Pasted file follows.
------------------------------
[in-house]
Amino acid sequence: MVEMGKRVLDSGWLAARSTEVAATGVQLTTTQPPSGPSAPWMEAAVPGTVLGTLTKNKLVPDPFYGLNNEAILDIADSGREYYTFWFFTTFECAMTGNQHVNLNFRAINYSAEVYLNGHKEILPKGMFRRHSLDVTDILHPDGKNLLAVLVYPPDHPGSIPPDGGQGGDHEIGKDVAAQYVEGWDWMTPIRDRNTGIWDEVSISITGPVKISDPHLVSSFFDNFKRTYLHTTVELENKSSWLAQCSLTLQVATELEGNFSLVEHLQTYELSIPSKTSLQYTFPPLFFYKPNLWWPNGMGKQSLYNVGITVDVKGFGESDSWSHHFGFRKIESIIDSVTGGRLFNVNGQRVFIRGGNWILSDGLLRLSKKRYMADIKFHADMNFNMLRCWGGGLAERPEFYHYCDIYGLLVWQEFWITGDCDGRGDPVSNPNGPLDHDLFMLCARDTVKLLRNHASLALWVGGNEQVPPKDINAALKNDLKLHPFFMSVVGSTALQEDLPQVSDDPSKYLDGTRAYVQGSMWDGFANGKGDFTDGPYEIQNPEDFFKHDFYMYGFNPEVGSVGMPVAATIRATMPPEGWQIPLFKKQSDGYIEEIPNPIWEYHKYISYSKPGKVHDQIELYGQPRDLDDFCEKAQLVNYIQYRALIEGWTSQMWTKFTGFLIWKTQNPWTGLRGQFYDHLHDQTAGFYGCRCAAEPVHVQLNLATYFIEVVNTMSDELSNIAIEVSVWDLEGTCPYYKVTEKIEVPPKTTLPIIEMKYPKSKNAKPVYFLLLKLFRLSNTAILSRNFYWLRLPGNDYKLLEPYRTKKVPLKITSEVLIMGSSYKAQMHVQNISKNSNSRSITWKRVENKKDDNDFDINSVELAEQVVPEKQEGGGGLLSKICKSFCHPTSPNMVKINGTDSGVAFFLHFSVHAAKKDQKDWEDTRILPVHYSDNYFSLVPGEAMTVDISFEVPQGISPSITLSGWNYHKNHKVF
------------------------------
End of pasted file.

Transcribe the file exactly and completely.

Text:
[in-house]
Amino acid sequence: MVEMGKRVLDSGWLAARSTEVAATGVQLTTTQPPSGPSAPWMEAAVPGTVLGTLTKNKLVPDPFYGLNNEAILDIADSGREYYTFWFFTTFECAMTGNQHVNLNFRAINYSAEVYLNGHKEILPKGMFRRHSLDVTDILHPDGKNLLAVLVYPPDHPGSIPPDGGQGGDHEIGKDVAAQYVEGWDWMTPIRDRNTGIWDEVSISITGPVKISDPHLVSSFFDNFKRTYLHTTVELENKSSWLAQCSLTLQVATELEGNFSLVEHLQTYELSIPSKTSLQYTFPPLFFYKPNLWWPNGMGKQSLYNVGITVDVKGFGESDSWSHHFGFRKIESIIDSVTGGRLFNVNGQRVFIRGGNWILSDGLLRLSKKRYMADIKFHADMNFNMLRCWGGGLAERPEFYHYCDIYGLLVWQEFWITGDCDGRGDPVSNPNGPLDHDLFMLCARDTVKLLRNHASLALWVGGNEQVPPKDINAALKNDLKLHPFFMSVVGSTALQEDLPQVSDDPSKYLDGTRAYVQGSMWDGFANGKGDFTDGPYEIQNPEDFFKHDFYMYGFNPEVGSVGMPVAATIRATMPPEGWQIPLFKKQSDGYIEEIPNPIWEYHKYISYSKPGKVHDQIELYGQPRDLDDFCEKAQLVNYIQYRALIEGWTSQMWTKFTGFLIWKTQNPWTGLRGQFYDHLHDQTAGFYGCRCAAEPVHVQLNLATYFIEVVNTMSDELSNIAIEVSVWDLEGTCPYYKVTEKIEVPPKTTLPIIEMKYPKSKNAKPVYFLLLKLFRLSNTAILSRNFYWLRLPGNDYKLLEPYRTKKVPLKITSEVLIMGSSYKAQMHVQNISKNSNSRSITWKRVENKKDDNDFDINSVELAEQVVPEKQEGGGGLLSKICKSFCHPTSPNMVKINGTDSGVAFFLHFSVHAAKKDQKDWEDTRILPVHYSDNYFSLVPGEAMTVDISFEVPQGISPSITLSGWNYHKNHKVF